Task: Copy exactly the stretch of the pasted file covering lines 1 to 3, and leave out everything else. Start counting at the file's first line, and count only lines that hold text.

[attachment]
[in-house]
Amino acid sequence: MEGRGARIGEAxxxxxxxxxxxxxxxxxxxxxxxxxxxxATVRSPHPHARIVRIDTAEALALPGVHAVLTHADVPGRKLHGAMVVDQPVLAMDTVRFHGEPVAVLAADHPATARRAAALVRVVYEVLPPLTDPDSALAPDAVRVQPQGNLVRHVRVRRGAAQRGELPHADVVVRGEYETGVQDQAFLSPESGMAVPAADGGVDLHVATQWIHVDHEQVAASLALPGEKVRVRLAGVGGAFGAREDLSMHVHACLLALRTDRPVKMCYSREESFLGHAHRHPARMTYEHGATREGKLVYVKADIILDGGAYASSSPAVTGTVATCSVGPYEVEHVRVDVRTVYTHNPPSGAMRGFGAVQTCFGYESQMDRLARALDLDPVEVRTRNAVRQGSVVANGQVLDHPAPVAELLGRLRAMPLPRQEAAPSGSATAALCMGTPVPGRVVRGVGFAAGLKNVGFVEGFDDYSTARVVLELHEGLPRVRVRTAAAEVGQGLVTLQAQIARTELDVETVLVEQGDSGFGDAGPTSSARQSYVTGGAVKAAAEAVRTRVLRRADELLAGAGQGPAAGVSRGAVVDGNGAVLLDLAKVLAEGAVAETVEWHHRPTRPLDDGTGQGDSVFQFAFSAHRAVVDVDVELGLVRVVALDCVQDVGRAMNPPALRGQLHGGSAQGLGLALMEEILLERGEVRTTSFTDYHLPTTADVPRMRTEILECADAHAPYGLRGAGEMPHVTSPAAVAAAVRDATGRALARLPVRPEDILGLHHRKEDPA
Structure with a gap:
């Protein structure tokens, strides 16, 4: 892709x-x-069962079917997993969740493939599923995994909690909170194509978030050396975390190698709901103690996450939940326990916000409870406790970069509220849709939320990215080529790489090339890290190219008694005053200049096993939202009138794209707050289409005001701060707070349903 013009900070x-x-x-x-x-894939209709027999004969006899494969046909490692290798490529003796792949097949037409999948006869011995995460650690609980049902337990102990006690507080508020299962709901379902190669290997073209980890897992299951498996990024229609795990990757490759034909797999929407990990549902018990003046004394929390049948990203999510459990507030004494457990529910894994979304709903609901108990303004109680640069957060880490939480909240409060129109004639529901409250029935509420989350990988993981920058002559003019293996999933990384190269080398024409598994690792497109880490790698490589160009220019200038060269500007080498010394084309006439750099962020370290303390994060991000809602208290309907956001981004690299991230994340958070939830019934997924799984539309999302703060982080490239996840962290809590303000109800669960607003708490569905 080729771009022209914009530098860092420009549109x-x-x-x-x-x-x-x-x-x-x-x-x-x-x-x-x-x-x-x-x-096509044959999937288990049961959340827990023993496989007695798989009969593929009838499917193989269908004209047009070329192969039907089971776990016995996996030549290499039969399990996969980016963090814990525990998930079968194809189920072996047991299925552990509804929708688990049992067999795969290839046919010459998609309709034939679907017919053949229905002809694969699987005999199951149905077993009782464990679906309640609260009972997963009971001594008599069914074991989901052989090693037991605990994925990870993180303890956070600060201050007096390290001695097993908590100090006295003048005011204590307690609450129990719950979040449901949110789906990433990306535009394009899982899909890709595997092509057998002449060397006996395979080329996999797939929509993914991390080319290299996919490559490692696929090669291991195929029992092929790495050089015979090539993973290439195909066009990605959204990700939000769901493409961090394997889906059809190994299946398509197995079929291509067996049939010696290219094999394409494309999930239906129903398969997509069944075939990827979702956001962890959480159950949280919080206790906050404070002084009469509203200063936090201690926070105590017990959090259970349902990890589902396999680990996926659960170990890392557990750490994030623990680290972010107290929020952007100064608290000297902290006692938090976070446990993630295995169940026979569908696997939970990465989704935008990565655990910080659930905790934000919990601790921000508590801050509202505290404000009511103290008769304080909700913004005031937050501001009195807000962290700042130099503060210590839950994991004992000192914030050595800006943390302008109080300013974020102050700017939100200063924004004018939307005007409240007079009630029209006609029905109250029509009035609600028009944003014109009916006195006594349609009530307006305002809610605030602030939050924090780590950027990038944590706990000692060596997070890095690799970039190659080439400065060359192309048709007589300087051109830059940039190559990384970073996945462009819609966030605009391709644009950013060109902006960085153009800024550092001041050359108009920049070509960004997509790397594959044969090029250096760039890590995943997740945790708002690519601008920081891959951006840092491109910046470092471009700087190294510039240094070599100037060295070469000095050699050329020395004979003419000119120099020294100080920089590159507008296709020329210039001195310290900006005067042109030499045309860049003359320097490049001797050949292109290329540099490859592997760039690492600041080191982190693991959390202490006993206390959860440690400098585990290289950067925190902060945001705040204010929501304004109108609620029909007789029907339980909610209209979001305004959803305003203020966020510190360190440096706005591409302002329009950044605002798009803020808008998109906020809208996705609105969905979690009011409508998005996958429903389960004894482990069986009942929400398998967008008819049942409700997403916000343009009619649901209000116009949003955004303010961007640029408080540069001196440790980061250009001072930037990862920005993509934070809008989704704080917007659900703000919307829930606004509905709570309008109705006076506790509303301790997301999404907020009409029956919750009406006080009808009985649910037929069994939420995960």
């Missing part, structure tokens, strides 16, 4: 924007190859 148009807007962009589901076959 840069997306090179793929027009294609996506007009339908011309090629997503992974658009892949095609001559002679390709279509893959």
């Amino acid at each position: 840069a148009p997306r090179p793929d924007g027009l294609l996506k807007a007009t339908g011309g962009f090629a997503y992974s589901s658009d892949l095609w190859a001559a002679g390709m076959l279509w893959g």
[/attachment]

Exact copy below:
[in-house]
Amino acid sequence: MEGRGARIGEAxxxxxxxxxxxxxxxxxxxxxxxxxxxxATVRSPHPHARIVRIDTAEALALPGVHAVLTHADVPGRKLHGAMVVDQPVLAMDTVRFHGEPVAVLAADHPATARRAAALVRVVYEVLPPLTDPDSALAPDAVRVQPQGNLVRHVRVRRGAAQRGELPHADVVVRGEYETGVQDQAFLSPESGMAVPAADGGVDLHVATQWIHVDHEQVAASLALPGEKVRVRLAGVGGAFGAREDLSMHVHACLLALRTDRPVKMCYSREESFLGHAHRHPARMTYEHGATREGKLVYVKADIILDGGAYASSSPAVTGTVATCSVGPYEVEHVRVDVRTVYTHNPPSGAMRGFGAVQTCFGYESQMDRLARALDLDPVEVRTRNAVRQGSVVANGQVLDHPAPVAELLGRLRAMPLPRQEAAPSGSATAALCMGTPVPGRVVRGVGFAAGLKNVGFVEGFDDYSTARVVLELHEGLPRVRVRTAAAEVGQGLVTLQAQIARTELDVETVLVEQGDSGFGDAGPTSSARQSYVTGGAVKAAAEAVRTRVLRRADELLAGAGQGPAAGVSRGAVVDGNGAVLLDLAKVLAEGAVAETVEWHHRPTRPLDDGTGQGDSVFQFAFSAHRAVVDVDVELGLVRVVALDCVQDVGRAMNPPALRGQLHGGSAQGLGLALMEEILLERGEVRTTSFTDYHLPTTADVPRMRTEILECADAHAPYGLRGAGEMPHVTSPAAVAAAVRDATGRALARLPVRPEDILGLHHRKEDPA
Structure with a gap: